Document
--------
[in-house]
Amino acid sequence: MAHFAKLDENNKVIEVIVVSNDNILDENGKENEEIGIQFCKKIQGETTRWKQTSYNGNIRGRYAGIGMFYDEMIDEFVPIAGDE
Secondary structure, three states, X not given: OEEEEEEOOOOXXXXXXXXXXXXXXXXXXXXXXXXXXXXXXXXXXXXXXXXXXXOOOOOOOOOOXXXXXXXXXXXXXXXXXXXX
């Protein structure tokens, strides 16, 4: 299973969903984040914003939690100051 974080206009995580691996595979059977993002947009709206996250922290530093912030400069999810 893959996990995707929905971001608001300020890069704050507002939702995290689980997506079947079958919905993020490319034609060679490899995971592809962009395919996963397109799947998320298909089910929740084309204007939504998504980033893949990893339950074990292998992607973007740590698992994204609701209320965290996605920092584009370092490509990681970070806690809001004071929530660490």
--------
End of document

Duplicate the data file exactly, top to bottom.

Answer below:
[in-house]
Amino acid sequence: MAHFAKLDENNKVIEVIVVSNDNILDENGKENEEIGIQFCKKIQGETTRWKQTSYNGNIRGRYAGIGMFYDEMIDEFVPIAGDE
Secondary structure, three states, X not given: OEEEEEEOOOOXXXXXXXXXXXXXXXXXXXXXXXXXXXXXXXXXXXXXXXXXXXOOOOOOOOOOXXXXXXXXXXXXXXXXXXXX
């Protein structure tokens, strides 16, 4: 299973969903984040914003939690100051 974080206009995580691996595979059977993002947009709206996250922290530093912030400069999810 893959996990995707929905971001608001300020890069704050507002939702995290689980997506079947079958919905993020490319034609060679490899995971592809962009395919996963397109799947998320298909089910929740084309204007939504998504980033893949990893339950074990292998992607973007740590698992994204609701209320965290996605920092584009370092490509990681970070806690809001004071929530660490």